Benn’s Tenacity Leads To Hoops Success
Speed is one asset that Carl Benn, a 5-11 point guard from the University of Massachusetts-Lowell, has used o win at every level that he has played. It is also his determination and doggedness that has kept him winning at the high school and college level.
From the Sorrentino Center, Woodmere Academy and on to Division II’s University of Massachusettes-Lowell, Benn had used his athletic ability to dictate the tempo of the game. With two New York State high school championships at Woodmere and consecutive Northeast Conference Division II championships with Lowell, Benn has been a key cog in his teams’ success.
Benn is confident about his belief that he can compete with anyone. Not the biggest kid on the court at 5’11, he can display a burst of speed that can amaze his teammates, opponents and coaches.
“When he uses his speed, he’s dangerous. With the ball, he may be one of the fastest players I have ever seen,” says UMASS Lowell head coach Ken Barer. “I challenge the team in practice to keep up with him.”
Woodmere head coach Jeff Weitz saw his former star pupil play recently at C.W. Post’s Holiday Tournament. He was impressed once again of the 5- 11 point guard.
“He didn’t start but his speed and quickness took over the game,” Weitz said of Benn, who finished with 11 points, 6 rebounds and 5 assists in a 69-65 win over New York Tech.
The opportunity to succeed on the court and academically would be at Woodmere Academy in Lawrence. The school has a history of Far Rockaway players attending the school, with Kareem Shabazz and Rashaun Banjo among notable players who have gone on to success in college.
“It was a good academic program. I won two state championships that was definitely one of my great achievements,” Benn said.
Weitz knew little of Benn when he first tried out for the team. “As a ninth grader, Benn was small in stature but he looked like a player.”
Though not starting his freshman year at Woodmere, Weitz said Benn made an impact off the bench to help Woodmere capture the 1999 New York State C Championship.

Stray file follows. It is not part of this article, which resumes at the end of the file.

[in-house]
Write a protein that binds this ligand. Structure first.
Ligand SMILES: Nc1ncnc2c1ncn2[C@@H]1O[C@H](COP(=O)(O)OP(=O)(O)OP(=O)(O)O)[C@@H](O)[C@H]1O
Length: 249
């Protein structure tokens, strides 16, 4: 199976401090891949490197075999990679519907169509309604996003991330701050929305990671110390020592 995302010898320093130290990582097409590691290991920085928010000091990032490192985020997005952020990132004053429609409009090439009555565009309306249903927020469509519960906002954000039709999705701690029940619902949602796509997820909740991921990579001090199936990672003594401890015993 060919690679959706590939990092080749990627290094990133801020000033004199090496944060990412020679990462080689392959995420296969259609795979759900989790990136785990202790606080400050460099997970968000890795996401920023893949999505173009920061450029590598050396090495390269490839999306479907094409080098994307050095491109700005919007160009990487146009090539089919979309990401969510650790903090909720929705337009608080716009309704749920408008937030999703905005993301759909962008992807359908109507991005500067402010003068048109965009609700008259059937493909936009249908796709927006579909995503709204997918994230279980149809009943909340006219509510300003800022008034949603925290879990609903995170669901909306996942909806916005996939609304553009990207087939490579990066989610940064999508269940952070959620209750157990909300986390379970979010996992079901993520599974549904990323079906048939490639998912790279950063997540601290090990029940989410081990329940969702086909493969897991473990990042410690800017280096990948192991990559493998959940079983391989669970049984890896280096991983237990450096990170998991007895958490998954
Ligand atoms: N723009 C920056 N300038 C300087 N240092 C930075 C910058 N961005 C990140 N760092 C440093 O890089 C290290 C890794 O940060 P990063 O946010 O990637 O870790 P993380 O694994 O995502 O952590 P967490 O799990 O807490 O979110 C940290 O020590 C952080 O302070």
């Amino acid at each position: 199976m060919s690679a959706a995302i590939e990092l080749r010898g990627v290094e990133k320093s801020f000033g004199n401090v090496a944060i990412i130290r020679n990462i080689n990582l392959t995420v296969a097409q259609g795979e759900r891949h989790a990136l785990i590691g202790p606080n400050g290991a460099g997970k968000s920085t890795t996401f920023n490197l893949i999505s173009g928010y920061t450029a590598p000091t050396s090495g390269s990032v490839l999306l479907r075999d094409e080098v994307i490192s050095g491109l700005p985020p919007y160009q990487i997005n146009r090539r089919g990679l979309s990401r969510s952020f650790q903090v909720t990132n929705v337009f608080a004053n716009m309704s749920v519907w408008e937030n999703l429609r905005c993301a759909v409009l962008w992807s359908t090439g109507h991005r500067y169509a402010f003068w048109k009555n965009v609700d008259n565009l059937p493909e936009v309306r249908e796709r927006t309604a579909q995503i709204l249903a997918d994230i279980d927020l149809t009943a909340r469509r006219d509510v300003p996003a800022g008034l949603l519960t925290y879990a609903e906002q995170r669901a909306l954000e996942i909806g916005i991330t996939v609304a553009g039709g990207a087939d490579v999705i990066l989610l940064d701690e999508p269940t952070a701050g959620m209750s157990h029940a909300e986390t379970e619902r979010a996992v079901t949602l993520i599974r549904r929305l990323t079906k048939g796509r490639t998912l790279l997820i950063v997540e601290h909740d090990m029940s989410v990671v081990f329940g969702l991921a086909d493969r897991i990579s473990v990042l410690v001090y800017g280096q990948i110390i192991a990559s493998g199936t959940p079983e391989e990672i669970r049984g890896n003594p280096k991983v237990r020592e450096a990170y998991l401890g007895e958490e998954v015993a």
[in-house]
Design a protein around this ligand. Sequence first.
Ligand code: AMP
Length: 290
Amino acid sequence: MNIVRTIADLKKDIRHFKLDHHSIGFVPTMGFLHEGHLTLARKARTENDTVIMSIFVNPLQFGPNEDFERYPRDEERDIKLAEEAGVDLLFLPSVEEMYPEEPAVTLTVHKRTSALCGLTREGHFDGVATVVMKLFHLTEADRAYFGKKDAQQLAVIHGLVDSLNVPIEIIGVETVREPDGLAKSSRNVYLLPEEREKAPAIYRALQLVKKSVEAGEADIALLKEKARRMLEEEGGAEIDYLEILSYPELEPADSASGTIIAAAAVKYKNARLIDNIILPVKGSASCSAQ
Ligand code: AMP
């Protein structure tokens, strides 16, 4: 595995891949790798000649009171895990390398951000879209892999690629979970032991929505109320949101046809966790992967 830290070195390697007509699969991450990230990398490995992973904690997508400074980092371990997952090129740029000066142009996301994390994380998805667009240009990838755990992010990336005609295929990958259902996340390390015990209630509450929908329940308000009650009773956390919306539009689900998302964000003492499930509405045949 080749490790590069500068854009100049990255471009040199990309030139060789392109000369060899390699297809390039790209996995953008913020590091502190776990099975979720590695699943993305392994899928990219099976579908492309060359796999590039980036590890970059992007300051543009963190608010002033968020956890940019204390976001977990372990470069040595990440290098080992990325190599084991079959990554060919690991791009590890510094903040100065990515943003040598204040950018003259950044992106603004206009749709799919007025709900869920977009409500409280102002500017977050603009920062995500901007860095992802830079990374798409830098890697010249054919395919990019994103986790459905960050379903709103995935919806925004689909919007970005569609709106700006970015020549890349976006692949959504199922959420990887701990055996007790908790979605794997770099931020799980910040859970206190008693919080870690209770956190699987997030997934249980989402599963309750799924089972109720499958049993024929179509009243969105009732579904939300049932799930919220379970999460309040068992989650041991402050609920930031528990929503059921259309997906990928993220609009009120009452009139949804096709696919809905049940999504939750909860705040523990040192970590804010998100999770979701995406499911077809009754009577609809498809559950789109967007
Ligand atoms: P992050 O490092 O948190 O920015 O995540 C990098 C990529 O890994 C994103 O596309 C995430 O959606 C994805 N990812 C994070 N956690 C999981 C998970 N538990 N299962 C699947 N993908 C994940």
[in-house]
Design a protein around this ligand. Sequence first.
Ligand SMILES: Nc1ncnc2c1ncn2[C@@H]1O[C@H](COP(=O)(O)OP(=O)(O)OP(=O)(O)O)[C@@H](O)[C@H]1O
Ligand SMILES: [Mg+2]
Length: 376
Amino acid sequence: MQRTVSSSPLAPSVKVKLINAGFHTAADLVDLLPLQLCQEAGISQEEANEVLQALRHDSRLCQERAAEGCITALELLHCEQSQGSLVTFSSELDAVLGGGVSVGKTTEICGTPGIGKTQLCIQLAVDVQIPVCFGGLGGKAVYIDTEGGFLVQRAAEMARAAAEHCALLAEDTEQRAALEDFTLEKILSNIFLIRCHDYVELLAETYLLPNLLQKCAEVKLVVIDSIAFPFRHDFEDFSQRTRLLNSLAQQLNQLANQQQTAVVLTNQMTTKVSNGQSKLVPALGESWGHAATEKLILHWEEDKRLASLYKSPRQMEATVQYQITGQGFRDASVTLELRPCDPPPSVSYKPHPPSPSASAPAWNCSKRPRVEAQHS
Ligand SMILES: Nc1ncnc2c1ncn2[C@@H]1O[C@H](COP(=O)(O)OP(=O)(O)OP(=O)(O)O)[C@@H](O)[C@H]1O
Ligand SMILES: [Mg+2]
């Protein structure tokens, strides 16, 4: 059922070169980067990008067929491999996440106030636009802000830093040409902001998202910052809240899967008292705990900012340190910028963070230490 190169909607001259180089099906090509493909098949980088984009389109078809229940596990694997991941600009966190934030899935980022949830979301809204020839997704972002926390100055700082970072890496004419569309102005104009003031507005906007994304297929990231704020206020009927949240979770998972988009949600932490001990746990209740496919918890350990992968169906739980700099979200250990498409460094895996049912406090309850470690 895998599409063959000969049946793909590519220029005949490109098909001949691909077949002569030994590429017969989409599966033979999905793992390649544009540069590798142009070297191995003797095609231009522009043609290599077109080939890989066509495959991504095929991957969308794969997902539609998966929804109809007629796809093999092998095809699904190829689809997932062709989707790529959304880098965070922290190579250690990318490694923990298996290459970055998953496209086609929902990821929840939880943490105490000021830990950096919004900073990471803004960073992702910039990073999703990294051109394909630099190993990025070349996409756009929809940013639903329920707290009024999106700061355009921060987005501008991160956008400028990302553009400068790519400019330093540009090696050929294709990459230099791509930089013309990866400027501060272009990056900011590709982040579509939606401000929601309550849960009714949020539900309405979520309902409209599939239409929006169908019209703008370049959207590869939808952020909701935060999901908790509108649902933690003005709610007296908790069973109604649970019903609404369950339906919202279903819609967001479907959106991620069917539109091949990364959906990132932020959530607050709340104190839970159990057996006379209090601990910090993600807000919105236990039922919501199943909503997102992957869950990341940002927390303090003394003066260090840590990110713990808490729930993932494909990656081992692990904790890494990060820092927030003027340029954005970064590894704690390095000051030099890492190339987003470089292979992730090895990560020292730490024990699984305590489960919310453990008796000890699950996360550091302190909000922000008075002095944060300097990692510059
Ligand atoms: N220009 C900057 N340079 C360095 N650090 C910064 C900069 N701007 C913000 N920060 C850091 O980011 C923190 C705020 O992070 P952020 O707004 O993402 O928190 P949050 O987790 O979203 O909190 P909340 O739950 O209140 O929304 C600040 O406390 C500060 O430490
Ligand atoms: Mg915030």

In his sophomore year, Benn was itching to lead the ballclub as a starter at the point and got the nod. The team lost in the semifinal of the State C championship year and Benn was upset about the loss.
He does not appreciate losing at all. That fueled his motivation to help Woodmere capture the Class C State Championship in his senior year. On the way
Benn spoke of one memory that stands out in his final season.
“There was one game I remember when we beat Long Island Lutheran. It was the first time in years that we beat that team,” Benn said.
“He’s got a lot of confidence. He was very motivated to get back upstate to win,” Weitz said. “He felt he had to do it.”
“I try to play every game with a sense of urgency,” says Benn.
The position of point guard is not just about using quickness to succeed according to Benn. At Lowell, his major is liberal arts but is leaning towards eventually studying psychology, which he applies on the court.
“I study people and how they interact. You have to know what their tendencies are and how to attack their weaknesses,” according to Benn.
Halfway through the 2003-2004 season, Benn got the chance to become the fulltime starter. It wasn’t all roses as Lowell lost the first two games with him at the point.
“He took it hard because he didn’t want to lose,” Barer, who is his seventh season as head coach, says. “But he knows what it takes to win and we won 13 games in a row and didn’t finish until we were eliminated in the (NCAA Division II Playoffs) Final Eight.”
The 2004-2005 campaign will be a little different for Benn. It’s a young squad that’s on the floor and there will be growing pains. Benn notes that the team has plenty of athletes whose growins pains would diminish enough to contribute to victories. He also relishes the chance to become one of the veteran leaders at Lowell.
Barer has no doubt that Benn’s ability and lerdership qualities can help Lowell repeat once again as the Northeast Conferece-10 champions.
“He is lightening fast. He puts a lot of pressure on the ballhandler. His speed and quickness can take over a game,” Barer said.
“We’ve got guys who can score but he can break down a defense and make the play.
He knows that his primary role is not to score but he’s capable of it. He’s a dangerous guy on the court.”